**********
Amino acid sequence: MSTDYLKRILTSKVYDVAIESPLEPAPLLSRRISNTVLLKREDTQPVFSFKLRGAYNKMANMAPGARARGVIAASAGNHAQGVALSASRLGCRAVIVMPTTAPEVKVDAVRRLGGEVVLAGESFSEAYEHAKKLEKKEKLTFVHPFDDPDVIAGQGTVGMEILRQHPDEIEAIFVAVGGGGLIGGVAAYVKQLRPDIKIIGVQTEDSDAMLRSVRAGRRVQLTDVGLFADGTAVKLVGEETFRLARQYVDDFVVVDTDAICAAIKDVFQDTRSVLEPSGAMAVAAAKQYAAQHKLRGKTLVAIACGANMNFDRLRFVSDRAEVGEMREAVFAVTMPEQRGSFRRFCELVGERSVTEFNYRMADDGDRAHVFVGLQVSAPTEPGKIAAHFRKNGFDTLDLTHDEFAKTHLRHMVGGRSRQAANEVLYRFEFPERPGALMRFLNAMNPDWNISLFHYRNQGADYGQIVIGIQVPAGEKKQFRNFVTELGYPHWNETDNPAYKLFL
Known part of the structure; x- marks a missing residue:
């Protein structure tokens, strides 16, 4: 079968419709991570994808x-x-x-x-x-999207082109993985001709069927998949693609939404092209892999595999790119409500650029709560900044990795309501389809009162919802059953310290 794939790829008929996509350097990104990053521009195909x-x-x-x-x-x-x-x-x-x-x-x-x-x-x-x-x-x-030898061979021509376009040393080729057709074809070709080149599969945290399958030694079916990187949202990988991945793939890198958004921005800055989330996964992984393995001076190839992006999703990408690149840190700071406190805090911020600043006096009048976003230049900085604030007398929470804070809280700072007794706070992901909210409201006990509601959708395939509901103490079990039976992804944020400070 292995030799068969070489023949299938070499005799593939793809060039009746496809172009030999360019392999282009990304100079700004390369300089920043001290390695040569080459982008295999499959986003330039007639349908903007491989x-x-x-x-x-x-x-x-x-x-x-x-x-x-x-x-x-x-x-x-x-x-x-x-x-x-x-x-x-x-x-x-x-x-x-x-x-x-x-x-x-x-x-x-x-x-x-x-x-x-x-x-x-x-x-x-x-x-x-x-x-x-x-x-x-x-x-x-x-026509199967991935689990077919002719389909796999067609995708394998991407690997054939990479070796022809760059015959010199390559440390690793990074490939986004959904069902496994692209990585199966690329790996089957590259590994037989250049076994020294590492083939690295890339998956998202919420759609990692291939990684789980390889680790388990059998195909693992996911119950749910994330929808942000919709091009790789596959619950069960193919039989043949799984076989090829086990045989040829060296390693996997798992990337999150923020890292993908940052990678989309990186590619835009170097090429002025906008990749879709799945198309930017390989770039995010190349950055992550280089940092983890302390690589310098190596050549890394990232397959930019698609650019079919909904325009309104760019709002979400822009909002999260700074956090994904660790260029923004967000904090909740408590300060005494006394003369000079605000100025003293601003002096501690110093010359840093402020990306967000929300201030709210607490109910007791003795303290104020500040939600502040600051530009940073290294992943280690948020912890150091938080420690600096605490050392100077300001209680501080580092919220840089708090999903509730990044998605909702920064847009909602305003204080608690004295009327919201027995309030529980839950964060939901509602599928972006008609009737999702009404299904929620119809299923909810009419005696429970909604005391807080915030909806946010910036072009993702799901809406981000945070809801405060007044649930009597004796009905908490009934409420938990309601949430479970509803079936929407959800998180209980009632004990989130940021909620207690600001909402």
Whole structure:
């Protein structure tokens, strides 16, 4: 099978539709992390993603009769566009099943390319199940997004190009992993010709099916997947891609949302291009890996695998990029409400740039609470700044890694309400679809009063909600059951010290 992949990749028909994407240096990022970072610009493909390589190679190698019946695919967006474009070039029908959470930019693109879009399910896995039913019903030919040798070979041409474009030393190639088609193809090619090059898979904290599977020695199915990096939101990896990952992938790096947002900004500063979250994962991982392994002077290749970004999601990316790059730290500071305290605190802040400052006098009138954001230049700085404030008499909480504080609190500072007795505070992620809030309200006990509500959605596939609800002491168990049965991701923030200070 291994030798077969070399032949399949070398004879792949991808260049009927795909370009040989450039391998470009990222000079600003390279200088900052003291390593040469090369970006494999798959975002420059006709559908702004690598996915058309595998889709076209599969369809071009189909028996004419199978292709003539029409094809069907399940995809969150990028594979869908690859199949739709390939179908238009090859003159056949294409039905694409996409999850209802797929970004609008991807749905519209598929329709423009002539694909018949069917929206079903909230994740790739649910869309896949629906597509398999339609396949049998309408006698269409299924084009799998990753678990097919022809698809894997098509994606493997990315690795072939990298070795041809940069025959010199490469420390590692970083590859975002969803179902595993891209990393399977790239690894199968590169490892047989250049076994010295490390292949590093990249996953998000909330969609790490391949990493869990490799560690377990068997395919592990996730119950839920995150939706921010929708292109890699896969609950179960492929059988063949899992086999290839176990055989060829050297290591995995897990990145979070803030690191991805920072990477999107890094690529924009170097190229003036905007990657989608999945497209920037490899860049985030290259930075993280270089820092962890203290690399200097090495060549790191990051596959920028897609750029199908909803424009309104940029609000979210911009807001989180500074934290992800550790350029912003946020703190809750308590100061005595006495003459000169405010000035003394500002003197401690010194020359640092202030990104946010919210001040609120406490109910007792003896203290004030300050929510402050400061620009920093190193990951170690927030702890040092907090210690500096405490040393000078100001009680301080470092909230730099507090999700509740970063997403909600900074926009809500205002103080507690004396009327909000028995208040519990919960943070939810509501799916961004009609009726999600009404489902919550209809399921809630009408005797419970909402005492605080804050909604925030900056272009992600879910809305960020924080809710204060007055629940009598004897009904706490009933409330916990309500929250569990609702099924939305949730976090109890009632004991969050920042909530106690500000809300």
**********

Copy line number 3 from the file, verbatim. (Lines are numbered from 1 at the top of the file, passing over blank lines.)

């Protein structure tokens, strides 16, 4: 079968419709991570994808x-x-x-x-x-999207082109993985001709069927998949693609939404092209892999595999790119409500650029709560900044990795309501389809009162919802059953310290 794939790829008929996509350097990104990053521009195909x-x-x-x-x-x-x-x-x-x-x-x-x-x-x-x-x-x-030898061979021509376009040393080729057709074809070709080149599969945290399958030694079916990187949202990988991945793939890198958004921005800055989330996964992984393995001076190839992006999703990408690149840190700071406190805090911020600043006096009048976003230049900085604030007398929470804070809280700072007794706070992901909210409201006990509601959708395939509901103490079990039976992804944020400070 292995030799068969070489023949299938070499005799593939793809060039009746496809172009030999360019392999282009990304100079700004390369300089920043001290390695040569080459982008295999499959986003330039007639349908903007491989x-x-x-x-x-x-x-x-x-x-x-x-x-x-x-x-x-x-x-x-x-x-x-x-x-x-x-x-x-x-x-x-x-x-x-x-x-x-x-x-x-x-x-x-x-x-x-x-x-x-x-x-x-x-x-x-x-x-x-x-x-x-x-x-x-x-x-x-x-026509199967991935689990077919002719389909796999067609995708394998991407690997054939990479070796022809760059015959010199390559440390690793990074490939986004959904069902496994692209990585199966690329790996089957590259590994037989250049076994020294590492083939690295890339998956998202919420759609990692291939990684789980390889680790388990059998195909693992996911119950749910994330929808942000919709091009790789596959619950069960193919039989043949799984076989090829086990045989040829060296390693996997798992990337999150923020890292993908940052990678989309990186590619835009170097090429002025906008990749879709799945198309930017390989770039995010190349950055992550280089940092983890302390690589310098190596050549890394990232397959930019698609650019079919909904325009309104760019709002979400822009909002999260700074956090994904660790260029923004967000904090909740408590300060005494006394003369000079605000100025003293601003002096501690110093010359840093402020990306967000929300201030709210607490109910007791003795303290104020500040939600502040600051530009940073290294992943280690948020912890150091938080420690600096605490050392100077300001209680501080580092919220840089708090999903509730990044998605909702920064847009909602305003204080608690004295009327919201027995309030529980839950964060939901509602599928972006008609009737999702009404299904929620119809299923909810009419005696429970909604005391807080915030909806946010910036072009993702799901809406981000945070809801405060007044649930009597004796009905908490009934409420938990309601949430479970509803079936929407959800998180209980009632004990989130940021909620207690600001909402």